But it wasn’t Dave Winfield.
It was Claudell Washington.
The Braves signed the 26-year-old Washington to a five-year, $3.5 million contract, a deal that, as Picking wrote in the AJC “sent shockwaves through the major-league superstructure.” Among other things, Washington received a $250,000 signing bonus, a no-trade clause and a $300,000 interest-free loan that he did not have to start re-paying until 1986.
Washington and his representatives were apparently so caught off-guard by the exorbitant offer from the Braves that they didn’t even bother negotiating with the other five teams who had selected him in the re-entry draft. The Dodgers, Pirates, Mets, Yankees and San Francisco Giants never even got a formal meeting.
Turner told reporters that Braves manager Bobby Cox pushed for the Washington signing, though Cox quickly admitted he wasn’t sure if the free-swinging Washington was the leadoff hitter his team truly needed. AJC columnist Tim Tucker later wrote that it was Turner — and Turner alone — who negotiated the Washington deal, ignoring advice from his front office to pursue pitching rather than more offense.
Turner was still openly covetous of Winfield and Sutton, telling reporters “one down, two to go.” He planned to meet with representatives of both his remaining targets within the next week.
“It is obvious — or at least I would think it’s obvious — that we are doing everything possible to make the Braves the powerhouse I have always wanted from day one,” Turner said. “It’s not a make-or-break situation with Winfield now, because we have Washington, Dale Murphy, Gary Matthews and Terry Harper as outfielders. I think we have made the move (signing Washington) that will help us the most.”
Needless to say, others around baseball didn’t see it that way. The reaction to the Braves signing Washington to such a lucrative deal was downright nuclear.
On Nov. 20, the Atlanta Constitution published a story with the headline “Washington Signing Incenses Executives: Turner’s Astuteness Questioned.” Picking interviewed more than a half-dozen MLB owners or general managers, including Steinbrenner, the Baltimore Orioles’ Edward Bennett Williams and Hank Peters, the Chicago White Sox’s Bill Veeck, the Minnesota Twins’ Calvin Griffith, the Mets’ Frank Cashen, and all panned the deal.
“The general consensus of baseball people, and this is not necessarily just my feeling, was that Turner was crazy for giving Washington that contract,” Steinbrenner said. “If Turner’s paying Washington more than the Angels are paying Rod Carew, does that make sense? I just hope Ted’s actions don’t create problems for all of baseball. I hope he got a superstar, because he sure paid for one.”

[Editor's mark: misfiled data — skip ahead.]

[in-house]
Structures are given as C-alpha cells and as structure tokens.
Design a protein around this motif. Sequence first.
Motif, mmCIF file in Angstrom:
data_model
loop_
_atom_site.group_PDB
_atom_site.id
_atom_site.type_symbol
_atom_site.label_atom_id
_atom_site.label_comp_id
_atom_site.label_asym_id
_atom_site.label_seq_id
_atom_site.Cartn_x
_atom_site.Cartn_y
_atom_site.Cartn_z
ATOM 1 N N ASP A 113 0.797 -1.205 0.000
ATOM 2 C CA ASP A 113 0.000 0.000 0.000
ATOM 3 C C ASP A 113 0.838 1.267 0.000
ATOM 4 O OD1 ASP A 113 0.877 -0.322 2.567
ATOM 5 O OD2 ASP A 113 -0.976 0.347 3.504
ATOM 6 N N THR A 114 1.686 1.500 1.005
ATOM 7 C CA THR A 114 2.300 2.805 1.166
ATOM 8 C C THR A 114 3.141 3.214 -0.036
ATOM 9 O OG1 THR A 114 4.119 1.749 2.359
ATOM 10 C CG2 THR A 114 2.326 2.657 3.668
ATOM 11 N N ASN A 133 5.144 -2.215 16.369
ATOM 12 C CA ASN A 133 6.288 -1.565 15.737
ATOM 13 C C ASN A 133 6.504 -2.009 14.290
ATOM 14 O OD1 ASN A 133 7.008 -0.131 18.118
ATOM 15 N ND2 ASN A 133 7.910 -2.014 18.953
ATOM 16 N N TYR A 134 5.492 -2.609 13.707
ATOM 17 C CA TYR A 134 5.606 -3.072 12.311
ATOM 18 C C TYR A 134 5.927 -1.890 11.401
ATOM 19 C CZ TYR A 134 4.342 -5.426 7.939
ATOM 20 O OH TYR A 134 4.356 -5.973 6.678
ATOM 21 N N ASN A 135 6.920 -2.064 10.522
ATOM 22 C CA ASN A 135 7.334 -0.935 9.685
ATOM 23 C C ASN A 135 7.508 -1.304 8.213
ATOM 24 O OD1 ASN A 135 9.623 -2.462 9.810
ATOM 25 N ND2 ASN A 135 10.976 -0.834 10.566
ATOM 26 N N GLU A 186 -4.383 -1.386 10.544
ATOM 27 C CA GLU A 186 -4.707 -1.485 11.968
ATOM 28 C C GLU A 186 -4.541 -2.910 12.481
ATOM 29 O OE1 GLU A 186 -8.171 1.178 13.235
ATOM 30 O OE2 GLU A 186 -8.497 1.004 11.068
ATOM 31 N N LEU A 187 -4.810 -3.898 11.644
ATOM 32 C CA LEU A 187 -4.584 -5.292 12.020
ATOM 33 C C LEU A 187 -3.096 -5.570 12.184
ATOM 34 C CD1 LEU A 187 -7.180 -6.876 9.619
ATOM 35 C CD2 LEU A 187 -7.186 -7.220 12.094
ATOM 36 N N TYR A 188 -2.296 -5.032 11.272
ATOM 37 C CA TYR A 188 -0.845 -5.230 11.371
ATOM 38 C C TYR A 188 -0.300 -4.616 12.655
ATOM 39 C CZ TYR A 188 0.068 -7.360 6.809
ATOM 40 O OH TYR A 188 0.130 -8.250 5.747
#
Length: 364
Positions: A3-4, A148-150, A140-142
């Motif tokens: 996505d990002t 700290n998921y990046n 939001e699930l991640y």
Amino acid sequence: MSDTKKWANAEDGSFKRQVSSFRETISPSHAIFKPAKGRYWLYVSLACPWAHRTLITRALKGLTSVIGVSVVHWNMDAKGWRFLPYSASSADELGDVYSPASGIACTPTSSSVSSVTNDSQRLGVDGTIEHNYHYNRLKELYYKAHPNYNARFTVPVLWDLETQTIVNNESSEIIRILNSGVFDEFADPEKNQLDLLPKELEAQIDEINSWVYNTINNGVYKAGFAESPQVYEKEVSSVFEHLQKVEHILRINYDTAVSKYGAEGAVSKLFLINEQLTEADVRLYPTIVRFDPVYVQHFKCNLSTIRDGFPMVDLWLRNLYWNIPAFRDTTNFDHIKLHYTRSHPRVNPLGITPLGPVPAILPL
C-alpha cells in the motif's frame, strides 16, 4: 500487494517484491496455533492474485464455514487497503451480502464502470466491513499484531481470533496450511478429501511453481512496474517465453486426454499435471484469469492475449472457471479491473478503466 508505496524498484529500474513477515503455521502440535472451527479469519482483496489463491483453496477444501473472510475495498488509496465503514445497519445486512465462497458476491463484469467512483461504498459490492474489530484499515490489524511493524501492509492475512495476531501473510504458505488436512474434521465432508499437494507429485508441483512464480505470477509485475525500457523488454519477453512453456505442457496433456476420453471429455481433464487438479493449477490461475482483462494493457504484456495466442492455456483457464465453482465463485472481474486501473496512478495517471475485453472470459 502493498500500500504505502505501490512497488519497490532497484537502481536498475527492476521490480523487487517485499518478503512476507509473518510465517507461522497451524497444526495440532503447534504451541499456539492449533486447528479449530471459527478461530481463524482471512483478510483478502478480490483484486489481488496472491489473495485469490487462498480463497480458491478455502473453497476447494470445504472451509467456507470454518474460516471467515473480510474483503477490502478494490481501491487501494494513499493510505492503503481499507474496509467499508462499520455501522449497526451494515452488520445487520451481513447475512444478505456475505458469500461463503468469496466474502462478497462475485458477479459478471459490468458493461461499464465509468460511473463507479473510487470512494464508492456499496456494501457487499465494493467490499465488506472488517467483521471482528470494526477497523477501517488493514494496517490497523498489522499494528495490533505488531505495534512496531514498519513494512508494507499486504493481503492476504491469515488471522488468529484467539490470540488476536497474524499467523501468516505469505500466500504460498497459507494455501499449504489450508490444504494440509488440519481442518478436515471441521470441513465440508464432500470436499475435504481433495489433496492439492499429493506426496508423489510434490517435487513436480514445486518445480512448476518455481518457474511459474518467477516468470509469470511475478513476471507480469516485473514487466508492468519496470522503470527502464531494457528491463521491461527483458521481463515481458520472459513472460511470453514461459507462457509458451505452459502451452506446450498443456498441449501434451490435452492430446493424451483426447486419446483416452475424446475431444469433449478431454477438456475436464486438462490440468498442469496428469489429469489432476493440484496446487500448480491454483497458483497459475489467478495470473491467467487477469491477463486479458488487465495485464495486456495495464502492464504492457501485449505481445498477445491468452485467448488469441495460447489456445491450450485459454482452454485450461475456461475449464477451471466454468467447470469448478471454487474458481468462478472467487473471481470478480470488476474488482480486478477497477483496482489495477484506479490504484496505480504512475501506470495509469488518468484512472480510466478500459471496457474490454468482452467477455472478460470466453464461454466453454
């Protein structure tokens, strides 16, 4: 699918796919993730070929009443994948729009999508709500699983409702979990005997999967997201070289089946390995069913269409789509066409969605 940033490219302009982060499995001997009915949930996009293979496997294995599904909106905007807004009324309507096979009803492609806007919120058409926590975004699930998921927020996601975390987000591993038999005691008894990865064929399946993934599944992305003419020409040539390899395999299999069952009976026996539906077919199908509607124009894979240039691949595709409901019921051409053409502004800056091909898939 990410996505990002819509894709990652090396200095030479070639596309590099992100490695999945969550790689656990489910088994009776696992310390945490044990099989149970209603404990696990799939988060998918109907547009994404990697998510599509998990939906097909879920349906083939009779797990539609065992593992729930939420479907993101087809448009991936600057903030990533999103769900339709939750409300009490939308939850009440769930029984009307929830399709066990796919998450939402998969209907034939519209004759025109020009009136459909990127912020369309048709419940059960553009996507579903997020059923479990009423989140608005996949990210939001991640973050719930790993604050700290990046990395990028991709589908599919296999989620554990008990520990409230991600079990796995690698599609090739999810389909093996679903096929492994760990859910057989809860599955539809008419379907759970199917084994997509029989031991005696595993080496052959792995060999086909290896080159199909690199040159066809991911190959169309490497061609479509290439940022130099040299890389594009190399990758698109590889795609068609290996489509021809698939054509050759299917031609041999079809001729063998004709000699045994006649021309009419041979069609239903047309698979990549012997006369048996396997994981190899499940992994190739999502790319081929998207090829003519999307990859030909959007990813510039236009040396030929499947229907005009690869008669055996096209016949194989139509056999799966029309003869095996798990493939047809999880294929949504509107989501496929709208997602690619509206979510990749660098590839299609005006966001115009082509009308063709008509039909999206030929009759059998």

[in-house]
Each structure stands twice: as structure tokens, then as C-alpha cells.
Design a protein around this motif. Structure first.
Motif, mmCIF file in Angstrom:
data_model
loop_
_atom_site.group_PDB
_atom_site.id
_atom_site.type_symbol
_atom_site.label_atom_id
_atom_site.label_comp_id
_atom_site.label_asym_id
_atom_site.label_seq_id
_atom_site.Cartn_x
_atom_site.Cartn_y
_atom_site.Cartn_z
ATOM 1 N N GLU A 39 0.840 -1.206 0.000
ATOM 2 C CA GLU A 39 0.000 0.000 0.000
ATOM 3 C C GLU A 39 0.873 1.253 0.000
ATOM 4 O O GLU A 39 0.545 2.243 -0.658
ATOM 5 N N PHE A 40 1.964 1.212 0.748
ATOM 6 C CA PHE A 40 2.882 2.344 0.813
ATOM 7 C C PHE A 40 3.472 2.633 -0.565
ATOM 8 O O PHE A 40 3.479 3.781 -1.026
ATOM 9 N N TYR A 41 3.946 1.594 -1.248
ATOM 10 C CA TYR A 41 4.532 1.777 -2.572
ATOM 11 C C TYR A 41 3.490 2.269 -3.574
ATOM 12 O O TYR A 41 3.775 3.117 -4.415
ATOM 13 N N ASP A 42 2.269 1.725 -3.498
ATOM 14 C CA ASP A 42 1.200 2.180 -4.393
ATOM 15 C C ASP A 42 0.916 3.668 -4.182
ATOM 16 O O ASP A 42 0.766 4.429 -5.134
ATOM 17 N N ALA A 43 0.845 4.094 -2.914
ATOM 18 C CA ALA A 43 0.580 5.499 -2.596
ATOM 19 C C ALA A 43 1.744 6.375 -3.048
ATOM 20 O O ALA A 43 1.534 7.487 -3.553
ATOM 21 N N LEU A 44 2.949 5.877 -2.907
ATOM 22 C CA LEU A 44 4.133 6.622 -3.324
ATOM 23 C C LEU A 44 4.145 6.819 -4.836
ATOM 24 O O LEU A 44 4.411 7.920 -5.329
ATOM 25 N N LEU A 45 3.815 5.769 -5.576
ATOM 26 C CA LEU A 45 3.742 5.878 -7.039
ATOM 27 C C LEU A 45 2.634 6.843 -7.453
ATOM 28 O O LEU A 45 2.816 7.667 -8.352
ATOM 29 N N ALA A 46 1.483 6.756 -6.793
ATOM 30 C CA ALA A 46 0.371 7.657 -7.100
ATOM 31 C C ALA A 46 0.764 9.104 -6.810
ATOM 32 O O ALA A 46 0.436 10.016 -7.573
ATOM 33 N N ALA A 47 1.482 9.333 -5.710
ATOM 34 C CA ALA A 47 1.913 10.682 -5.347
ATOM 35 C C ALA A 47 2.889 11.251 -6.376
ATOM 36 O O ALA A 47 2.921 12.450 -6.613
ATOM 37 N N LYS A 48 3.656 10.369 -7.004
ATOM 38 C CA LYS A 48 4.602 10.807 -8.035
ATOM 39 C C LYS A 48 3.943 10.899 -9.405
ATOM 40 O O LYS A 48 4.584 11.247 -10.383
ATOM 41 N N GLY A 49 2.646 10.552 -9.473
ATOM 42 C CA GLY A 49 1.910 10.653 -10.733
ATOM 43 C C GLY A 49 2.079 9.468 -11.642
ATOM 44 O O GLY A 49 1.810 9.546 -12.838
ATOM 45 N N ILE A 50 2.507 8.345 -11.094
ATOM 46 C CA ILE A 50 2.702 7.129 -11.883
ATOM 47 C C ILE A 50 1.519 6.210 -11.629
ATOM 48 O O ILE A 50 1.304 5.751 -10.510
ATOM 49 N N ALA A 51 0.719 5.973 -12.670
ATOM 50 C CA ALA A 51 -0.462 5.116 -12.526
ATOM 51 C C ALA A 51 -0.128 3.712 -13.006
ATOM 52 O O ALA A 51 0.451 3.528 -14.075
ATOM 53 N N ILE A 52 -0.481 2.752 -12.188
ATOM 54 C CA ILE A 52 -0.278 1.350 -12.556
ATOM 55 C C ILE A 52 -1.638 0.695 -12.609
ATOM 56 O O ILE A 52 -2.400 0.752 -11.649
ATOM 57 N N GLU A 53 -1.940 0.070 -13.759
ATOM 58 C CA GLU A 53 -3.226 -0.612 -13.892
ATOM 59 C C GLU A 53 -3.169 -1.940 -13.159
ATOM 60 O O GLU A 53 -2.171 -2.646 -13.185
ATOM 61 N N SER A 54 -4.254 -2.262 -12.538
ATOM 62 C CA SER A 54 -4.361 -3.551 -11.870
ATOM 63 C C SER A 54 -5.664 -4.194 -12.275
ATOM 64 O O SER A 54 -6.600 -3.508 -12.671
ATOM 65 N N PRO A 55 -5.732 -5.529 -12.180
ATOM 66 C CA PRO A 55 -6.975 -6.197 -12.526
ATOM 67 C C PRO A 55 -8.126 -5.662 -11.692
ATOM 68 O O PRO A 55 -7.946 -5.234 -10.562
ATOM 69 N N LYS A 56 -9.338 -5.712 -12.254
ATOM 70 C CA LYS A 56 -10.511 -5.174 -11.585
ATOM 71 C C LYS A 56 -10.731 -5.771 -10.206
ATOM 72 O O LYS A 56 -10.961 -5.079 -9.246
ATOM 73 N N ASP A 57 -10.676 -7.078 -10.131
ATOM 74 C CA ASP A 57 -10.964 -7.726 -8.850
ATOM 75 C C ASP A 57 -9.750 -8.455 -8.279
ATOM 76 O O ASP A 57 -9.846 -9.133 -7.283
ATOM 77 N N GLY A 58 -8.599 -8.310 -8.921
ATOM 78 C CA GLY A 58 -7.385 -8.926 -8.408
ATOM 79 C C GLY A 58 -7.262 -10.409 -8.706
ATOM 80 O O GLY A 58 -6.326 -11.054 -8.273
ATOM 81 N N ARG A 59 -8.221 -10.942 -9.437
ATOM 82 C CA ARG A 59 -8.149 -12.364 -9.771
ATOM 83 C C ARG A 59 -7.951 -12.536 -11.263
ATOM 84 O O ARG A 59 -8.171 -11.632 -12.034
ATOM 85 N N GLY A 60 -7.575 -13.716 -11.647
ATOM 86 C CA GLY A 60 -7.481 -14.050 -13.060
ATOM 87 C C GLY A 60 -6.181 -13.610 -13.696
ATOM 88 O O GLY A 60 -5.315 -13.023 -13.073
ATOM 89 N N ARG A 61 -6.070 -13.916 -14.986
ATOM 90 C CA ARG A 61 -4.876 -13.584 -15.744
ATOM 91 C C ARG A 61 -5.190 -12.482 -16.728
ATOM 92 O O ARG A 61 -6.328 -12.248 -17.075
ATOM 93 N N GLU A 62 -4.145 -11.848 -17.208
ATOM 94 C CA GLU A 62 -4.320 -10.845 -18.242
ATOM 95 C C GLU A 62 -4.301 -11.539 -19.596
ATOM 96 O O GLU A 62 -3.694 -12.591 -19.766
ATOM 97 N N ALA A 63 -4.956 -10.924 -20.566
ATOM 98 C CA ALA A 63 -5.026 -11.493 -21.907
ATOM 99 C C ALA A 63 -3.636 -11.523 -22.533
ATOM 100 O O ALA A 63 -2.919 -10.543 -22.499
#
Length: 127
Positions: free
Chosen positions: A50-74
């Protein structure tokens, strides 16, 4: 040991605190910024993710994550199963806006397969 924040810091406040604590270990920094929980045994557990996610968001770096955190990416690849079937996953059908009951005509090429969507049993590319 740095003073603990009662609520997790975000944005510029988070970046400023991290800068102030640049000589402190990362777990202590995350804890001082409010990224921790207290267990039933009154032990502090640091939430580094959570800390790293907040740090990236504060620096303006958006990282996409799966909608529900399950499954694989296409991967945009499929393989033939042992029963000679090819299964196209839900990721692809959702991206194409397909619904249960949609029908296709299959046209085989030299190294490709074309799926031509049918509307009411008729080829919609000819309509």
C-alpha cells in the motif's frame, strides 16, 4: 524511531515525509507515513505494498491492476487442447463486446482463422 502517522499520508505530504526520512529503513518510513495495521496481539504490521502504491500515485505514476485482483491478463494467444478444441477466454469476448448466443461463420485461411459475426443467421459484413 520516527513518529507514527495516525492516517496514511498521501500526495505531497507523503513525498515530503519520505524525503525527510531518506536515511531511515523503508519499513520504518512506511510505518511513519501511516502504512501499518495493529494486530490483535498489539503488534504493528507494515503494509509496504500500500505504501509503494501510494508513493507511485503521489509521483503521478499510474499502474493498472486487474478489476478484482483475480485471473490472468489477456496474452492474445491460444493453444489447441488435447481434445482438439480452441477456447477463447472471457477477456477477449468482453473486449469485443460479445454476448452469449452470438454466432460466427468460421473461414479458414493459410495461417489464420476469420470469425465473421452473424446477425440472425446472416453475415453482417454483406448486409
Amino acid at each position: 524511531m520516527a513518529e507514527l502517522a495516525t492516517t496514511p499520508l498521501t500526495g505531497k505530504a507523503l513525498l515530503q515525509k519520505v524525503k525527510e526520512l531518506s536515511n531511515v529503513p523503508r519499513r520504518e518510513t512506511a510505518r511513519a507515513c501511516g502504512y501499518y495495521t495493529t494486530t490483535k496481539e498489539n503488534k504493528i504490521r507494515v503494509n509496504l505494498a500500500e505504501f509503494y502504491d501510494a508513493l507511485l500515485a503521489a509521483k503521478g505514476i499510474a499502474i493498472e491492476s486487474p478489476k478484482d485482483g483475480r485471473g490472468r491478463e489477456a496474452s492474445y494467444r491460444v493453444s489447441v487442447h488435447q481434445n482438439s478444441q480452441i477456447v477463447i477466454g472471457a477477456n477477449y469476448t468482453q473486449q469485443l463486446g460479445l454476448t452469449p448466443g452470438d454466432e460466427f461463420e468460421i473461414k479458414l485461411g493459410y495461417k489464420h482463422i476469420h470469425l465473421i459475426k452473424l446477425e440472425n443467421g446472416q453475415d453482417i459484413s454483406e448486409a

Williams called the Washington deal “the most outrageous contract I have ever heard of.” Another owner, who requested anonymity, said “I talked to one owner who said he heard Turner was drunk and thought Washington was Winfield.” (That last comment resulted a few weeks later in a printed apology by the paper, which read in part “Turner was not drunk at the time, and The Constitution did not intend to suggest that he was. We nevertheless apologize to Mr. Turner and to anyone else who so understood the article.”)
Griffith was even more incredulous, not just about the money, but the player who received it, saying “Claudell can’t field, he can’t throw and he can’t run the bases. But Turner gives him all that money. Unbelievable.”
Though no baseball owner in history has ever been happy about having to spend a dollar more than he wants to on employee salaries, the Washington signing appears to have been a tipping point of sorts. Veeck and longtime Phillies owner Ruly Carpenter sold their teams soon after, citing exorbitant free-agent spending as among their reasons for leaving the game.
And acrimony caused by the free agent winter of 1980-81 led directly to the 50-day strike of the following season, which was fought over a free-agent compensation system. Owners eventually got a watered-down version of their original demand, with the CBA in effect from 1982-85 allowing teams that lost a certain class of free agent to select one unprotected player from another team’s system.
But should Washington have been the catalyst for such a rift between players and owners?
The California native had been an above-average player since breaking in as a 19-year-old with the Oakland A’s in 1974, displaying doubles power and great speed — he’d been a state track & field champion in high school — as the top attributes to his game. The broad-shouldered left-handed hitter made the American League All-Star team in 1975, and carried a .280/.318/.411 batting line that was 5 percent better than league-average through his first seven big-league seasons.
“He’s the best player for his age I have ever seen or known,” A’s teammate Reggie Jackson once said of Washington.
Nevertheless, he’d already played for four different teams by the winter of 1980, getting traded from Oakland to the Texas Rangers in 1977, then to the Chicago White Sox in 1978 and finally to the New York Mets in mid-season 1980. Along the way, he’d developed a reputation as a lazy, indifferent player, especially in the field.
Asked in 1978 why it took him four days to show up in Chicago after being traded from Texas, Washington responded simply “I overslept.” His apparent lack of effort drew the ire of fans, so much so that at one point a banner was hung near his station in right field at Comiskey Park reading “Washington Slept Here” … or so the story goes.
(This anecdote is perhaps apocryphal. It first showed up in a New York Daily News column by Dick Young in June 1980, shortly after Washington was traded to the Mets. There is no reference to it in the Chicago papers during Washington’s two-season tenure with the White Sox, at least not that the author could find.)
Though he publicly put on a good face, perhaps the biggest reason Turner moved so quickly to sign Washington was that he knew he’d already lost out on Winfield. Just as he’d done five years earlier with Reggie Jackson, Steinbrenner pulled out all the stops in wooing Winfield, with “flowers, Broadway shows, dinner at the 21 Club, chauffeured limousines, even telegrams in the middle of the night — we want you in New York,” as Winfield later told author John Helyar for his book Lords of the Realm.